Radiation Information from Other Agencies
EPA sets protective limits on the radioactivityradioactivityThe emission of ionizing radiation released by a source in a given time period. The units used to measure radioactivity are curie (Ci) and becquerel (Bq). in soil, water and air that comes from human use of radioactive elements such as uranium. EPA also provides technical advice on federal radiation protection and helps state and local responders respond to radiological emergencies.
Electromagnetic radiation, such as radiation from cell phones, power lines, smart meters and other wireless devices is regulated by a combination of other state and federal agencies.
Cell phones use radiofrequency radiationradiationEnergy given off as either particles or rays. (RF), which is addressed in part by the U.S. Federal Communications Commission (FCC). FCC works with other federal health and safety agencies to monitor and investigate issues related to RF exposure. For more information, please visit:
- Wireless Devices and Health Concerns
U.S. Federal Communications Commission, Wireless Devices and Health Concerns
Several federal agencies play a role in nuclear power plant safety.
The U.S. Nuclear Regulatory Commission (NRC) is responsible for licensing facilities, commercial use of nuclear materials, facility inspection and the creation of standards and regulations for nuclear power plant safety. For information about NRC's regulatory role, please visit:
- Licensing and Oversight
U.S. Nuclear Regulatory Commission, Operator Licensing
- Regulations and Standards
U.S. Nuclear Regulatory Commission, NRC Regulations
The Federal Emergency Management Agency (FEMA) oversees radiological emergency response planning for state and local authorities in the event of a nuclear power plant incident. For more information, see:
- Nuclear Power Plants
Federal Emergency Management Agency, Ready.gov
EPA's role in nuclear power generation is to set public health and environmental radiation protection standards. Please visit:
- Environmental Radiation Protection Standards for Nuclear Power Operations (40 CFR Part 190)
U.S. Environmental Protection Agency, Radiation Regulations
EPA does not regulate or set standards for smart meters or power lines.
Smart meters use radiofrequency radiation (RF), a type of non-ionizing radiationnon-ionizing radiationRadiation that has enough energy to move atoms or cause them to vibrate, but not enough to remove electrons. Examples of this kind of radiation are radio waves, visible light and microwaves.. The U.S. Federal Communications Commission (FCC) sets exposure limits for RF radiation. FCC works with other federal health and safety agencies to monitor and investigate issues related to RF exposure.
- Radiofrequency Safety
U.S. Federal Communication Commission
- Questions and Answers about Biological Effects and Potential Hazards of Radiofrequency Electromagnetic Fields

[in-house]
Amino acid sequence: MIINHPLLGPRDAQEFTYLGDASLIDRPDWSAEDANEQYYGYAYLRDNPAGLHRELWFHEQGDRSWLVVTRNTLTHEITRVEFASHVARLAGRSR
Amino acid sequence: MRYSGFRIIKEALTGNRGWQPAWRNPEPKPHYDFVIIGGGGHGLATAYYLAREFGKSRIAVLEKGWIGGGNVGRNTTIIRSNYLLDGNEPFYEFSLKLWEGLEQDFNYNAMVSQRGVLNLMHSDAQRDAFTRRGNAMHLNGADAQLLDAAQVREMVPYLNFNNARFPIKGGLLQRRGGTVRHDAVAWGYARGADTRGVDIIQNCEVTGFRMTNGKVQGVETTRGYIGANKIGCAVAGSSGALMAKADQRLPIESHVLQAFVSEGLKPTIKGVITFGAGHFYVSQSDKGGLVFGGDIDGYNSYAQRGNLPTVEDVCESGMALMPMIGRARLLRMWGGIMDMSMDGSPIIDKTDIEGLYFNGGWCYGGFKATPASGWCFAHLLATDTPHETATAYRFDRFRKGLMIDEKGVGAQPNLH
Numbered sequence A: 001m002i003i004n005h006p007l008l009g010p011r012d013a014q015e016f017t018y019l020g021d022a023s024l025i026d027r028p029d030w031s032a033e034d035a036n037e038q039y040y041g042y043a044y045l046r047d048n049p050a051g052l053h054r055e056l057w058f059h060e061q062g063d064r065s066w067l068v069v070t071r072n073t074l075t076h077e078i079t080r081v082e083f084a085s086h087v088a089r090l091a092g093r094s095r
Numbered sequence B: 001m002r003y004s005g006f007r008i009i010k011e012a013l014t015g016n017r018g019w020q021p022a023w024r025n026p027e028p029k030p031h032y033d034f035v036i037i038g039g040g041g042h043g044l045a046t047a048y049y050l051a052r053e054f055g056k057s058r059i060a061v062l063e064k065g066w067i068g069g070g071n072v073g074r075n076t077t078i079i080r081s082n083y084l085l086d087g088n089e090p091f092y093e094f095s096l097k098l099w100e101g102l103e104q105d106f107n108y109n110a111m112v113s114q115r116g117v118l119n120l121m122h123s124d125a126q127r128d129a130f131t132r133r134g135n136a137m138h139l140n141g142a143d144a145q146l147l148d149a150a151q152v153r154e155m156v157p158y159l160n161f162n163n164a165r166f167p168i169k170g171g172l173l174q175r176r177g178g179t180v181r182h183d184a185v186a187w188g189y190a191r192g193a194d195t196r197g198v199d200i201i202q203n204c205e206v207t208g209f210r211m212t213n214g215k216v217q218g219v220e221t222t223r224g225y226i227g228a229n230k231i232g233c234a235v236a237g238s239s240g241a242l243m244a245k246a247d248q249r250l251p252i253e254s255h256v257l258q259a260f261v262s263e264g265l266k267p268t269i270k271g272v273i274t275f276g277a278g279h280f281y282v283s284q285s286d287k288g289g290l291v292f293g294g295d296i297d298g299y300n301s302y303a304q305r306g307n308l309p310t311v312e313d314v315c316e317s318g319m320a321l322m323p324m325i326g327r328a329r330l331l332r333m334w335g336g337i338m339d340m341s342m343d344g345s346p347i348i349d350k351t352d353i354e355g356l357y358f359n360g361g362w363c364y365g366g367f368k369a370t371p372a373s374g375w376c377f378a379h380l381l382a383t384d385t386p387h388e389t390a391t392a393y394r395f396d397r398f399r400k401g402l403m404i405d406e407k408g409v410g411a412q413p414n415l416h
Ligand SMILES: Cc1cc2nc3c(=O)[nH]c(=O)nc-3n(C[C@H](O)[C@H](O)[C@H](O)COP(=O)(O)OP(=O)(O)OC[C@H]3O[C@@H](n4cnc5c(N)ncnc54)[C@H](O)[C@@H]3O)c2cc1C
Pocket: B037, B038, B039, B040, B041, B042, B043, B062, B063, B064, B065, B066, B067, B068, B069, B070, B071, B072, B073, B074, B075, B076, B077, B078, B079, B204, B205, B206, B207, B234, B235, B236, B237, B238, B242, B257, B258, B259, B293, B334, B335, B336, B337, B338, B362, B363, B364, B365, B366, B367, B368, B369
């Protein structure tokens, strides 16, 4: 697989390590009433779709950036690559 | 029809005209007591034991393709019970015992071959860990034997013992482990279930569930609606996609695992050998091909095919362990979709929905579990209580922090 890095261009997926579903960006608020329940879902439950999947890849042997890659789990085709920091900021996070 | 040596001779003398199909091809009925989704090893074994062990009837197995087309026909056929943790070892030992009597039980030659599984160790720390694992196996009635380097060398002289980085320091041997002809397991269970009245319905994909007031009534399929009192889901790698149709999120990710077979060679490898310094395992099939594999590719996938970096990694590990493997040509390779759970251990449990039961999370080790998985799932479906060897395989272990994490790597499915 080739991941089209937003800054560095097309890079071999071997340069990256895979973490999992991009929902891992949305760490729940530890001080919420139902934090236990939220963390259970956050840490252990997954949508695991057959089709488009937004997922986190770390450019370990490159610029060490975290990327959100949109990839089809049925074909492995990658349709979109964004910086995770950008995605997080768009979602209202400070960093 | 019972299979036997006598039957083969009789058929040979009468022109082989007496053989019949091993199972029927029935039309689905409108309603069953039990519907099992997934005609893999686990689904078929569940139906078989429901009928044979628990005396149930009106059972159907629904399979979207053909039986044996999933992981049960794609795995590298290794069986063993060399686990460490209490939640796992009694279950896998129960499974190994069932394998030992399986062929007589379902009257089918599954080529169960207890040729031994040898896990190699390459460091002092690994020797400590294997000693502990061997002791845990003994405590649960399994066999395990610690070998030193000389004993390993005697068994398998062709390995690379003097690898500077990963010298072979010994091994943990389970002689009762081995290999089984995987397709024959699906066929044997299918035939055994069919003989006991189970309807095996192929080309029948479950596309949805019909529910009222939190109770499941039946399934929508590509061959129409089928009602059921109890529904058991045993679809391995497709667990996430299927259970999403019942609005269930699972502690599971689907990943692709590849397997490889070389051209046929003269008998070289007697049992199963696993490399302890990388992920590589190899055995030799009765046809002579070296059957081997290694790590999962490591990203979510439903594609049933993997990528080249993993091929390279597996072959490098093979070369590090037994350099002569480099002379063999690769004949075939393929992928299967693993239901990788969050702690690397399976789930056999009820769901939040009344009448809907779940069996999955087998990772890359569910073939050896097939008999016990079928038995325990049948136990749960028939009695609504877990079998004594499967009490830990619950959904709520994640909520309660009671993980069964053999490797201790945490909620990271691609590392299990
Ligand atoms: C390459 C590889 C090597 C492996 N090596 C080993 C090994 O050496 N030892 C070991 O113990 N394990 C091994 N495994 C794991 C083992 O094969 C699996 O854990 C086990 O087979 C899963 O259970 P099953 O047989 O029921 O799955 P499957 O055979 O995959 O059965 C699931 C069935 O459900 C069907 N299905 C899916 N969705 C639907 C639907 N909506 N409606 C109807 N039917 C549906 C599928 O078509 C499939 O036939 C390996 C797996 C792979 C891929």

U.S. Federal Communication Commission, Office of Engineering and Technology
There are no U.S. federal standards limiting residential or occupational exposure to electric and magnetic fields (EMF) from power lines. For more information, please visit:
- Electromagnetic Fields (EMF)
World Health Organization, Programmes and projects
- Electric and Magnetic Fields (EMF) Radiation from Power Lines
U.S. Environmental Protection Agency, RadTown USA
- Electric & Magnetic Fields
National Institute of Environmental Health Sciences
Some medical procedures use radiationradiationEnergy given off as either particles or rays. to help diagnose or treat illnesses. These procedures can include x-rays, mammograms, CT scans, fluoroscopy treatments and radiation therapy to treat cancer. Different medical procedures expose patients to different amounts of radiation. When considering any medical use of radiation, patients should consult with their health care providers to ensure that the benefits outweigh the risks.
Depending on the type of radiation and how it is used in medical procedures, different federal agencies may play a role in regulation.
- The U.S. Food and Drug Administration (FDA) regulates medical devices and ensures device safety in all medical settings. FDA also regulates radiation-emitting products and procedures. See: Medical Device Safety and Radiation-Emitting Products.
- The U.S. Centers for Disease Control and Prevention (CDC) provides information about medical procedures which use radiation. Please see, Radiation and Your Health.
- The U.S. Nuclear Regulatory Commission (NRC) regulates the manufacture and use of radioactive materials in nuclear medicine, radiation therapy and research. See: Regulation of Radioactive Materials and Medical Uses of Nuclear Materials.
EPA has an indirect role in the use of radiation in medicine. EPA develops and issues general radiation guidance to other federal agencies. These agencies use EPA's radiation protection federal guidance as a reference to develop rules and regulations to protect public health.
These organizations offer information and reports about ionizing and non-ionizing radiation:
- American Nuclear Society (ANS) Exit
- Conference of Radiation Control Program Directors (CRCPD) Exit
- Health Physics Society (HPS) Exit
- National Council on Radiation Protection and Measurement (NCRP) Exit